Norman is very proud of the way his son Jonathan, daughter-in-law Angela and grandson James have developed what he started. His daughter Anne, who has lived with her family in the USA for 23 years, helped to produce this article. 

Jonathan, James and Anne
with Norman in Bennett's
Tropical House, 2007

In 1984, Norman went to the USA, met Charles Thomas, and helped him to found the International Water Lily Society. His job was to persuade his waterlily contacts in England to join. The first he asked was Bill Heritage as he was the first person to welcome him into the trade some 30 years previously. They are still friends after another 23 years as are the many others he asked and many others he did not ask in the UK, USA, and Germany.

The old WLS. (now the IWGS) was remarkably successful. All the right people got together at the right time. Many new varieties of waterlilies were produced. Public gardens in the UK were persuaded to upgrade their displays. Real friends were made and knowledge spread. Norman was proud to be associated with this success but a little disappointed the IWGS is not as active now as it was, particularly in his own country.

In 1987 he was flattered to be asked to be the first member from the UK to be President of the IWLS. He was amazed to be elected to its Hall of Fame in 1996. In his opinion he did his best job after he was elected to the Hall of Fame. He got the German Gesellschaft Wassergarten Freunde (German Society of Water Garden Friends) to hold a joint Symposium with the IWGS in Munich in 1991.

The ancestors of Charles Thomas came from Speyer in Germany circa 1730. He suggested that he would like a symposium in Germany so that, among other things, he could look up his ancestors. Both of Charles's wishes came true. The President of the German Society was Karl Wachter who spoke no English. Norman only had his very rusty German learnt at school 50 years previously. The two became very good friends but it took three years and three visits to Germany to finalize the arrangements for the Munich Symposium. After Munich the Germans started attending the USA, British and French symposia in larger numbers and organized a very successful symposium of their own in Kassel in 1999.

The saying goes, "Behind every great man is a great woman," and this is certainly true with Pam and Norman. They met while in their teens and still at school; they lived in the same road. Towards the end of World War II they moved from London to Weymouth, a unique place on the southwest coast of England. They made it their home.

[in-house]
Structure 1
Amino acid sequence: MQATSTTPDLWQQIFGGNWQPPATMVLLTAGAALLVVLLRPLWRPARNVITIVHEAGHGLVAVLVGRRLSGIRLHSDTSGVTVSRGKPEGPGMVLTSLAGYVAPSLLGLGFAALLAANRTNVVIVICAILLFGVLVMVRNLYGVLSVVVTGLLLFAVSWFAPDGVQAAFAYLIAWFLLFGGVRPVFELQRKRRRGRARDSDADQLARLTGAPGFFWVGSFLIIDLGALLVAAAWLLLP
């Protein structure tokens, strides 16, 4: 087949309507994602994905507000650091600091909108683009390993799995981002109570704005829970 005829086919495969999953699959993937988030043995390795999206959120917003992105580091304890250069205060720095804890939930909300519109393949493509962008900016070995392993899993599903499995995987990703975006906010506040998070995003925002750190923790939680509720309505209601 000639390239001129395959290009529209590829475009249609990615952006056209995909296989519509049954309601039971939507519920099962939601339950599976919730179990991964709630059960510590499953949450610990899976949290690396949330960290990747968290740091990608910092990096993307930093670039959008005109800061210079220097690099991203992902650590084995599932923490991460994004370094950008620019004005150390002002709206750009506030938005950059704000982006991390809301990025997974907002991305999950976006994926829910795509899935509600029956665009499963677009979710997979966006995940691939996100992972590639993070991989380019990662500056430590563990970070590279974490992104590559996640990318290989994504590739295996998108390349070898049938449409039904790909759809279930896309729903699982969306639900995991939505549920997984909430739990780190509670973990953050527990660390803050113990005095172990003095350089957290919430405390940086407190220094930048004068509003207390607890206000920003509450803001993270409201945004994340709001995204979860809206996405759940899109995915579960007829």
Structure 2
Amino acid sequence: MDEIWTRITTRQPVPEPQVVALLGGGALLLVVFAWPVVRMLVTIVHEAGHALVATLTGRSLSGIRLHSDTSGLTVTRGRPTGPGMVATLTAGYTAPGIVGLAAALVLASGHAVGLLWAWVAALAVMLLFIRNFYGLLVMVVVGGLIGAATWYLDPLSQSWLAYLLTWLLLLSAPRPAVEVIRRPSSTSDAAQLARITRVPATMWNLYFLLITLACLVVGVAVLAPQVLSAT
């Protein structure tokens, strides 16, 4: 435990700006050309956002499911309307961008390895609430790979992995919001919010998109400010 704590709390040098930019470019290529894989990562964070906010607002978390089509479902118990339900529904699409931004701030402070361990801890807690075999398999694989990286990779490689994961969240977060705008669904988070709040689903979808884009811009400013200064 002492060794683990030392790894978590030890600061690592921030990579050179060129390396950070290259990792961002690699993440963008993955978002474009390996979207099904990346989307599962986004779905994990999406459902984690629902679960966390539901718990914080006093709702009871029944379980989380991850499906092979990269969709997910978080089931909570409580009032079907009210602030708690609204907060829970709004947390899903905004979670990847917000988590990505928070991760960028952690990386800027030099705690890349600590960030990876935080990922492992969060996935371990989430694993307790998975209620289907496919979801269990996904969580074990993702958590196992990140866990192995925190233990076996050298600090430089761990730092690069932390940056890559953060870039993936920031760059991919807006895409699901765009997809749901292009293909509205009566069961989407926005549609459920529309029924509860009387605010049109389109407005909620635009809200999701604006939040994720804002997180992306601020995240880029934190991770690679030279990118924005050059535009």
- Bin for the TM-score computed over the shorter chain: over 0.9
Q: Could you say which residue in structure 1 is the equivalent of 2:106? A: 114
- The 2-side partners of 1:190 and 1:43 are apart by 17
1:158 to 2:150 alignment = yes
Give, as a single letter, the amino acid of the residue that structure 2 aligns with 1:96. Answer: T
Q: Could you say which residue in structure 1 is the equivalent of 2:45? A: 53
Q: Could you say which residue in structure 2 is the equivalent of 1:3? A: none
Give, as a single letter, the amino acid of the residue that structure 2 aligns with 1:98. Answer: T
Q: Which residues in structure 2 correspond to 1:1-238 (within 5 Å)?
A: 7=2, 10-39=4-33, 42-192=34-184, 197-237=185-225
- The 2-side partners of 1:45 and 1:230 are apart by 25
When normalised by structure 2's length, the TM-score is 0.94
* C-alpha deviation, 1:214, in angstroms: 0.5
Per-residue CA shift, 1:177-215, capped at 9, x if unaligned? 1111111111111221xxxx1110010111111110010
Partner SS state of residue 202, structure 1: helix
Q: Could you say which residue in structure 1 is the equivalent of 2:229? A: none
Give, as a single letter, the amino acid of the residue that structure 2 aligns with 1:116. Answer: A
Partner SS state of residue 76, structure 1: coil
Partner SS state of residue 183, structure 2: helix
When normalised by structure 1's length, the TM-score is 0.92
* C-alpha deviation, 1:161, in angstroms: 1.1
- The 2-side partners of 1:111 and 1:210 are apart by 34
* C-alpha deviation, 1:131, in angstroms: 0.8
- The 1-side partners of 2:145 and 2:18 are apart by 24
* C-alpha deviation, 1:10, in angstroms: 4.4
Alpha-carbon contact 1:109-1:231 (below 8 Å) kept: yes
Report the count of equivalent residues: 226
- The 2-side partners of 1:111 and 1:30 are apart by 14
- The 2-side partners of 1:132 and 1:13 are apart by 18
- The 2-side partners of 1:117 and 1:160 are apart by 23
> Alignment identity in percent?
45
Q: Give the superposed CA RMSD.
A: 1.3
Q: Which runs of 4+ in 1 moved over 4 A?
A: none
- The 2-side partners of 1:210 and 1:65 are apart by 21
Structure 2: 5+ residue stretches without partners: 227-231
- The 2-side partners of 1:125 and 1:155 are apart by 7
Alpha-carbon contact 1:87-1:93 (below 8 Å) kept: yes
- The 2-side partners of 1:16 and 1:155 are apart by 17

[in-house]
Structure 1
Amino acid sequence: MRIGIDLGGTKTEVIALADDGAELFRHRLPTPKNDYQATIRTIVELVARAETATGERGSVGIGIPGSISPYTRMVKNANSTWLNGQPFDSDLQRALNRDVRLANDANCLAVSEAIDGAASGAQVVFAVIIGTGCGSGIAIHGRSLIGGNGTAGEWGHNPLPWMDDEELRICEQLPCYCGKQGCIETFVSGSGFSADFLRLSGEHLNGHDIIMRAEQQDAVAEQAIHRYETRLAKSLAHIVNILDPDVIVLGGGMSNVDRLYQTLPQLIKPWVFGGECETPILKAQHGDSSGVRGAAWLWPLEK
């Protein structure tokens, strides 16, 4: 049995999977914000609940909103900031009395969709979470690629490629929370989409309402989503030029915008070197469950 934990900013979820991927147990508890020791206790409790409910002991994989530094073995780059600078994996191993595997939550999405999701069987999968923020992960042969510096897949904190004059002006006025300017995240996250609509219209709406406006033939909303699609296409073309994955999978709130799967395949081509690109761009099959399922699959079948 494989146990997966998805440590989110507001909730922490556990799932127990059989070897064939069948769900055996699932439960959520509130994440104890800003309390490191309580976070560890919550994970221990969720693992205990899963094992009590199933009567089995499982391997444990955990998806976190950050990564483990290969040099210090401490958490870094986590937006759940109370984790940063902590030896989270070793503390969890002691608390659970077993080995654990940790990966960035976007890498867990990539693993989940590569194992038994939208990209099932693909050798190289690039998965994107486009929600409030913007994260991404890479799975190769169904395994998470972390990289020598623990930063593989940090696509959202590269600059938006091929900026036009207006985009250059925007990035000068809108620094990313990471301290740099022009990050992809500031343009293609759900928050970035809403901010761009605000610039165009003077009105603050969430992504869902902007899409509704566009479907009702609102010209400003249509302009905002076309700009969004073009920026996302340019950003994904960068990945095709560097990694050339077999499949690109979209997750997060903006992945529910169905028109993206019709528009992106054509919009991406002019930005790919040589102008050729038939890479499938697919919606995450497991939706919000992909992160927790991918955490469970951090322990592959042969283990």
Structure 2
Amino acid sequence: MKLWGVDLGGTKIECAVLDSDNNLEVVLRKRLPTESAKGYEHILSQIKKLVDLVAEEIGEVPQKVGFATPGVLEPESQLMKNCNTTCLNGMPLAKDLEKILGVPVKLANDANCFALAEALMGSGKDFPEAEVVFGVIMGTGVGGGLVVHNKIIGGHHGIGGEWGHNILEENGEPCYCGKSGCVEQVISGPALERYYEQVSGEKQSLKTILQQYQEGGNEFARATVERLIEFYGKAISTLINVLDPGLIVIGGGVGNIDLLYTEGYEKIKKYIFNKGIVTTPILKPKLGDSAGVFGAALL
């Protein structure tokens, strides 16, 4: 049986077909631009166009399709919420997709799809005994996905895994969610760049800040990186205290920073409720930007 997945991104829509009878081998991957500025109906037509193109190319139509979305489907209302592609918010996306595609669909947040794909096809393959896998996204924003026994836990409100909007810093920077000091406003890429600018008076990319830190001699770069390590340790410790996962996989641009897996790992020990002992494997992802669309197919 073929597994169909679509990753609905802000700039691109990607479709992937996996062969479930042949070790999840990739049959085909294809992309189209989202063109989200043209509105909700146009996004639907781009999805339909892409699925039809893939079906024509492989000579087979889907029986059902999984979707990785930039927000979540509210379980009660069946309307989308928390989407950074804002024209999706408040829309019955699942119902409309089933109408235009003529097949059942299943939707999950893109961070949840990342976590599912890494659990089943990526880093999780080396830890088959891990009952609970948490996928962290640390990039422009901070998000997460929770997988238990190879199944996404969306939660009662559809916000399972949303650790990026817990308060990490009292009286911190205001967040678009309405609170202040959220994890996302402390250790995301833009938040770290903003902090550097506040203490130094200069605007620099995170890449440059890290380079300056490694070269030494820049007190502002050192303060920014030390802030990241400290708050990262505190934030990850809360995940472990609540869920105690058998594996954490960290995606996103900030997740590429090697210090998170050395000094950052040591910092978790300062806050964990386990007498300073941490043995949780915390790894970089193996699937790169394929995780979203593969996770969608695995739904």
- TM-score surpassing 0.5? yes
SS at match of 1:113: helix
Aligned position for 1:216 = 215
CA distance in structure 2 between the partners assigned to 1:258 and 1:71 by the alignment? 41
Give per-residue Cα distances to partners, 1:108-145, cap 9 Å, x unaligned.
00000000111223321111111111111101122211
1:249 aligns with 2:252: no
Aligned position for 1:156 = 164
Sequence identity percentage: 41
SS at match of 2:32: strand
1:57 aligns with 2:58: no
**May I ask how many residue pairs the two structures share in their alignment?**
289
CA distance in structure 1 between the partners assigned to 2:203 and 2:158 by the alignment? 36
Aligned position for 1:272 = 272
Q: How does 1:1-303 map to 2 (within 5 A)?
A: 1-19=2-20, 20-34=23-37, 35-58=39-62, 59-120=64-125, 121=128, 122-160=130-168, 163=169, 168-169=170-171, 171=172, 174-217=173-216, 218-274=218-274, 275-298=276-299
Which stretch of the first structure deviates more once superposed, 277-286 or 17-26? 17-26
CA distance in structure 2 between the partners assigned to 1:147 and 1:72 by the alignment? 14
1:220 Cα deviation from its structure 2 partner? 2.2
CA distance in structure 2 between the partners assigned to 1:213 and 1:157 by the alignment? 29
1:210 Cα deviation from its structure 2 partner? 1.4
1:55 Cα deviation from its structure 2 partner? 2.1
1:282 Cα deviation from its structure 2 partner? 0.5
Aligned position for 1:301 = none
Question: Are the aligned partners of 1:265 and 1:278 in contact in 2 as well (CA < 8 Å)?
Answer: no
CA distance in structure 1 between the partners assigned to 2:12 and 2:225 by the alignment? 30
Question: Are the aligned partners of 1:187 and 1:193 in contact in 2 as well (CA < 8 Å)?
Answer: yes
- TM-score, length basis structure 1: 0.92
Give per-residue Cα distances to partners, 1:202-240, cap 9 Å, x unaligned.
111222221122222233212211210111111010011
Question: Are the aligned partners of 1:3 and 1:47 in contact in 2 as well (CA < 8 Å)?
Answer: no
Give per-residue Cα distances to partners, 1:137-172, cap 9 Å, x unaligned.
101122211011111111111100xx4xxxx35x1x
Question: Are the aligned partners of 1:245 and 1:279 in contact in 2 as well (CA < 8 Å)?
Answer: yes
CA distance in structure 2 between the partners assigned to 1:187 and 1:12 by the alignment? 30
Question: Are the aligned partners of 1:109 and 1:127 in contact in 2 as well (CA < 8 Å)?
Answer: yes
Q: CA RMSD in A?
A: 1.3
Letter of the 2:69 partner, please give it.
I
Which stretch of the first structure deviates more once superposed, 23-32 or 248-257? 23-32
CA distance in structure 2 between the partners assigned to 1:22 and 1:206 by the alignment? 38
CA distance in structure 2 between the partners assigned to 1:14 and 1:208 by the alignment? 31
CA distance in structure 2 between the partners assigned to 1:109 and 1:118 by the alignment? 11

Pam and Norman's 42nd anniversary, 1985 >

Pam was very supportive when Norman left teaching and started Bennetts' Water Lily Nursery, working with him during the day but still caring for their home and children; a family dinner was always on the table (no take-outs or pizzas). During the infancy of the business Pam and Norman renovated the old farmhouse adjacent to the nursery. Rose Farm became the much-loved family home.

In 1986 it was discovered that Pam was in the early stages of Parkinson's disease; she bore her illness privately and bravely and to her many friends always remained cheerful and uncomplaining. As her illness progressed Pam was still able to run the household but more and more daily tasks around the home became Norman's job. Norman accepted his new role, sadly, but willingly and devoted himself to keeping her happy. 

In July of 2008 Norman turned 87 and has been a widower for eight years. He still enjoys his Rotary Club, having served as its president in 1980. He derives great pleasure from his waterlilies and fish. He devotes countless hours to his National Collection of Water Lilies. He lives in the family home adjoining his beloved water gardens.


Norman grows new and untested or unnamed varieties in large decorative pots by his back door so that he does not have to walk far to keep them under constant surveillance. 

His swimming pool, also by his back door, is now home to a few varieties of waterlilies including 'Pam Bennett', and is home to about 60 golden orfe (Leuciscus idus). He hopes to continue this for many more years, enriched by visits from waterlily friends from all over the world.